Two Bury council officers deliberately delayed investigating allegations against Labour politician ahead of election, independent inquiry concludes
An internal report concludes two top officials put off child protection procedures so that the claims did not surface ahead of the poll
Two Bury council officers deliberately delayed investigating paedophilia allegations against a Labour politician, an independent inquiry has concluded – in order to help the party’s chances in 2015’s knife-edge general election.
An explosive internal report seen by the M.E.N. concludes two top officials put off child protection procedures so that the claims about Simon Carter did not surface ahead of the poll.
Carter, at the time Labour councillor for Tottington, was eventually convicted of downloading sexual images of children five months after the election. But – as reported previously – the council had initially failed to fully ensure children with whom he might have contact would be protected.
That included not properly informing the schools at which he was a governor.
Former chief executive Mike Owen is alleged to have admitted delaying procedures to do Labour ‘a favour’, a claim he has strenuously denied.
Both he and the council’s director of children’s services Mark Carriline resigned last month. Mr Owen quit before a disciplinary investigation was complete and Mr Carriline resigned after being found guilty of serious misconduct.
But now the extent of the allegations against them – and in particular claims that their ‘inexplicable’ behaviour was linked to the election – can be revealed by the M.E.N.
They are contained in an extraordinary dossier of reports to be considered by Bury councillors on Thursday evening, including the results of two separate independent inquiries into the matter.
The first, written by childcare expert Malcolm Newsam, is particularly damning. It concludes their actions were either the result of ‘direct political influence’ or ‘the mistaken belief by senior officers that they needed to be seen to be doing their best to protect members of the Labour group from any political embarrassment at a sensitive time’.
He concludes Mark Carriline kept the allegations ‘under wraps’ rather than fully inform the governors of the schools involved, one of which had a Tory councillor on its board.
A report second, by Charles Bourne QC, is more measured, concluding there was no ‘cover up’ but highlighting a particularly ‘close working relationship’ between Mr Owen and the council leader, alongside a string of failures and inconsistencies in the accounts given to him.
Initial concerns about Carter – at that point still a councillor for Tottington – were first passed to Mike Owen by an officer at his former employer, Oldham council, on April 1, 2015, five weeks before the general election.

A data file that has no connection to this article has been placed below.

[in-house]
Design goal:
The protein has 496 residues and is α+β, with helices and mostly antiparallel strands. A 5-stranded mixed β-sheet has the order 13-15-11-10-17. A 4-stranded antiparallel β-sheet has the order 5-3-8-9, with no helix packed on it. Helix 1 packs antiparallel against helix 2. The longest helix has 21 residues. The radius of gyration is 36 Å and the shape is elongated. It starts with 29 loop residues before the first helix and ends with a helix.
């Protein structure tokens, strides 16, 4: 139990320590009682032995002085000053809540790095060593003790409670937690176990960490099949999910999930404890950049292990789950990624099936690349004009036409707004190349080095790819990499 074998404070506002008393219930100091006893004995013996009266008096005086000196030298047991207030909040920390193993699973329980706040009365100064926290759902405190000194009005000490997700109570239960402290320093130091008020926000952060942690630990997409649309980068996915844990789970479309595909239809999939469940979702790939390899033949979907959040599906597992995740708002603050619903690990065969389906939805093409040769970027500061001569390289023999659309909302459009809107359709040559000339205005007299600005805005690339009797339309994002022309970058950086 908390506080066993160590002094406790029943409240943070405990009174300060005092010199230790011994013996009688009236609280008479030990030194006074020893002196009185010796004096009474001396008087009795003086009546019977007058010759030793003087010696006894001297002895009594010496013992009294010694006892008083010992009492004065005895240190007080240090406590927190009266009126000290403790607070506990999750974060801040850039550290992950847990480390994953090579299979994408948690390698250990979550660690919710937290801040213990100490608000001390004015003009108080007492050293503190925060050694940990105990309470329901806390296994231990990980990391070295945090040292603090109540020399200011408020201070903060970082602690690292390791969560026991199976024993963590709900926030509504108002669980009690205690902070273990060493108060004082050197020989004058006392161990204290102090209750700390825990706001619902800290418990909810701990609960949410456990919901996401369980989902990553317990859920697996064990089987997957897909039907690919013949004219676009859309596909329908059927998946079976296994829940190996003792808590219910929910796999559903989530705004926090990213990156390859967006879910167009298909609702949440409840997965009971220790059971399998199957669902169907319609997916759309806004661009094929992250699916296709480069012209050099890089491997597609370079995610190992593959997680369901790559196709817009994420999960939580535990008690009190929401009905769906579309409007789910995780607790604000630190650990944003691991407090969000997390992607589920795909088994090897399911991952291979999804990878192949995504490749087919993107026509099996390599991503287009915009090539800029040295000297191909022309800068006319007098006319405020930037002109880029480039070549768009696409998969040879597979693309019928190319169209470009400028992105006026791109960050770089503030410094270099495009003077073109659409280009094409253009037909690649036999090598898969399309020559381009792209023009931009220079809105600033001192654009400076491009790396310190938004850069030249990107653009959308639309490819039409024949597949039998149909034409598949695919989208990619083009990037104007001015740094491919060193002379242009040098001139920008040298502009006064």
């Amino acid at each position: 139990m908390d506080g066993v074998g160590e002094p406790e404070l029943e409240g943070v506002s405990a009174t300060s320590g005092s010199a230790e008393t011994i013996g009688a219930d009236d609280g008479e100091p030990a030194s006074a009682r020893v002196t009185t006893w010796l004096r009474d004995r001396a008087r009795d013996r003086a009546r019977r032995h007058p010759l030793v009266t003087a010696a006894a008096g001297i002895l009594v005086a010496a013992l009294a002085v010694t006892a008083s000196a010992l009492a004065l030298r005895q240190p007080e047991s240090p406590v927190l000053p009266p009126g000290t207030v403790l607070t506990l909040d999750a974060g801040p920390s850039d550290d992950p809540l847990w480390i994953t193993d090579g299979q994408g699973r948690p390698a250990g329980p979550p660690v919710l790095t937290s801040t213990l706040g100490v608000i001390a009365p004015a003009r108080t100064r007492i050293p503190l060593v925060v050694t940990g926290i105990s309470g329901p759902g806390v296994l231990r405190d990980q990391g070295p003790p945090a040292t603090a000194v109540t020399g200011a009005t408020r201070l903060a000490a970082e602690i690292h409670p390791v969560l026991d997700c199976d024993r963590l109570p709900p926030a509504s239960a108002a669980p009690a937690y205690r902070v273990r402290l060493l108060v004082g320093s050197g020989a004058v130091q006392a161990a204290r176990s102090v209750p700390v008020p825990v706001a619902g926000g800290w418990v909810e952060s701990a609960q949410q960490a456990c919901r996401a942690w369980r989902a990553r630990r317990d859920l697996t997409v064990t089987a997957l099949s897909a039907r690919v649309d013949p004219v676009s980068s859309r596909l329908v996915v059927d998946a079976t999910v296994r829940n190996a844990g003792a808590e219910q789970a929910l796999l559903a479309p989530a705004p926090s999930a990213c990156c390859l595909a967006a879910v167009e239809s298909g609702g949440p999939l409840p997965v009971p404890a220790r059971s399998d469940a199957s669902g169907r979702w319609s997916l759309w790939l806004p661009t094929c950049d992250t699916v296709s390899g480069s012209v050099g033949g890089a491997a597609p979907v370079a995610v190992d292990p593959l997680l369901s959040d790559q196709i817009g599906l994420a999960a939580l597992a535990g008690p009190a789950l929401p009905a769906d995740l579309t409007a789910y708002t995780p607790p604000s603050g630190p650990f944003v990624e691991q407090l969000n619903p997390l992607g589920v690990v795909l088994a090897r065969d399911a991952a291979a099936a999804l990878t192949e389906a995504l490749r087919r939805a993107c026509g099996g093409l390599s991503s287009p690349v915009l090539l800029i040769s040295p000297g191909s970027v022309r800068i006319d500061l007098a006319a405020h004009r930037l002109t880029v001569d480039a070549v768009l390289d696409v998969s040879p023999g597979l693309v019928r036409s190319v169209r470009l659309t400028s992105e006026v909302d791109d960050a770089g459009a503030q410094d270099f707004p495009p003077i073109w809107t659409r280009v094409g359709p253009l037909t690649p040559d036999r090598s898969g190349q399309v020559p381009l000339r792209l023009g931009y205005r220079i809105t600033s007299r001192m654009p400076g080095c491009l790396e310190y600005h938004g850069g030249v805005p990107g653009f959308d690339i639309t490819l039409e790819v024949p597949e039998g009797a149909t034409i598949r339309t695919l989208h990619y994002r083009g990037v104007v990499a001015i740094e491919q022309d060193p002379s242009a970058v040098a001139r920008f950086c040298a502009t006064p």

It emerged that – unknown to Bury council – Carter had been sacked by Oldham in 2010 after being caught looking at sexual images on his computer, including pictures of ‘pre-teens’.
That information had been passed to the police at the time, but no further action had been taken.
However the Oldham council officer was concerned that Bury should know.
On learning of the incident Mr Owen did not immediately inform his director of children’s services Mark Carriline – who legally had responsibility for child safeguarding – or anyone else in Bury town hall, other than the Labour council leader, Councillor Mike Connolly.
Coun Connolly says Mr Owen, who at that point was interim chief executive, had told him as a ‘heads up’ about a ‘serious problem’ with one of his councillors. Coun Connolly then informed the regional Labour party.
Nobody else was informed for over a week.
Mr Owen later told both inquiries he had been explicitly advised by police to tell nobody at all, particularly children’s services. The detective he spoke to told Bourne this was not the case, although he admits to saying ‘leave it with us’, or words to that effect.
For the next eight days children’s services director Mr Carriline remained unaware of the issue, eventually finding out when the Oldham council officer rang him.
At that stage he and Mr Owen say they held a meeting – no records of which were made – and decided to start a safeguarding investigation.
However no formal action was begun until April 13, nearly a fortnight after the information had first come to light.
In his report Newsam notes a ‘reluctance’ by the officers to deal with the case as it would any other similar safeguarding issue. Given that the police would be anxious for Carter to remain unaware of their inquiries – in case he disposed of incriminating material – he also slams Mr Owen’s decision to tell Coun Connolly, a Labour colleague and ‘friend’ of Carter.
Doing so was ‘clearly wrong’, he concludes.
Charles Bourne’s report echoes Newsam’s view, finding the decision to tell a ‘close personal friend’ and political colleague of Carter to be a ‘serious error of judgement’.
At the same time Mr Owen and Mr Carriline failed to keep a series of senior safeguarding officers – all of whom should have been informed – in the loop.